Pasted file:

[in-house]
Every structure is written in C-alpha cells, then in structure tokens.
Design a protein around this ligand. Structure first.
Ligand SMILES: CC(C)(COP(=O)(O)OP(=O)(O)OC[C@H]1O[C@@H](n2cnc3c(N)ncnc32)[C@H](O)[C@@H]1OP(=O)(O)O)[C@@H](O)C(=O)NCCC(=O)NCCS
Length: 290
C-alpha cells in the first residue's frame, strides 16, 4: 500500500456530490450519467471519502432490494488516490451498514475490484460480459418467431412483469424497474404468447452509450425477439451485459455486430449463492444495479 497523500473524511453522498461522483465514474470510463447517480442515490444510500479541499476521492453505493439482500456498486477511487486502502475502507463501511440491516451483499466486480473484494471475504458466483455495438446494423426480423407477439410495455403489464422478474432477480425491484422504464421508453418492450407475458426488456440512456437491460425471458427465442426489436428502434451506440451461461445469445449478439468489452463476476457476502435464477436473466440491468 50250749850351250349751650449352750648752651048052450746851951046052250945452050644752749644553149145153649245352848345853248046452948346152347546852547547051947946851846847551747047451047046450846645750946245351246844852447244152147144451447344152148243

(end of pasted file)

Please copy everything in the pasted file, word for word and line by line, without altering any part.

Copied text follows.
[in-house]
Every structure is written in C-alpha cells, then in structure tokens.
Design a protein around this ligand. Structure first.
Ligand SMILES: CC(C)(COP(=O)(O)OP(=O)(O)OC[C@H]1O[C@@H](n2cnc3c(N)ncnc32)[C@H](O)[C@@H]1OP(=O)(O)O)[C@@H](O)C(=O)NCCC(=O)NCCS
Length: 290
C-alpha cells in the first residue's frame, strides 16, 4: 500500500456530490450519467471519502432490494488516490451498514475490484460480459418467431412483469424497474404468447452509450425477439451485459455486430449463492444495479 497523500473524511453522498461522483465514474470510463447517480442515490444510500479541499476521492453505493439482500456498486477511487486502502475502507463501511440491516451483499466486480473484494471475504458466483455495438446494423426480423407477439410495455403489464422478474432477480425491484422504464421508453418492450407475458426488456440512456437491460425471458427465442426489436428502434451506440451461461445469445449478439468489452463476476457476502435464477436473466440491468 50250749850351250349751650449352750648752651048052450746851951046052250945452050644752749644553149145153649245352848345853248046452948346152347546852547547051947946851846847551747047451047046450846645750946245351246844852447244152147144451447344152148243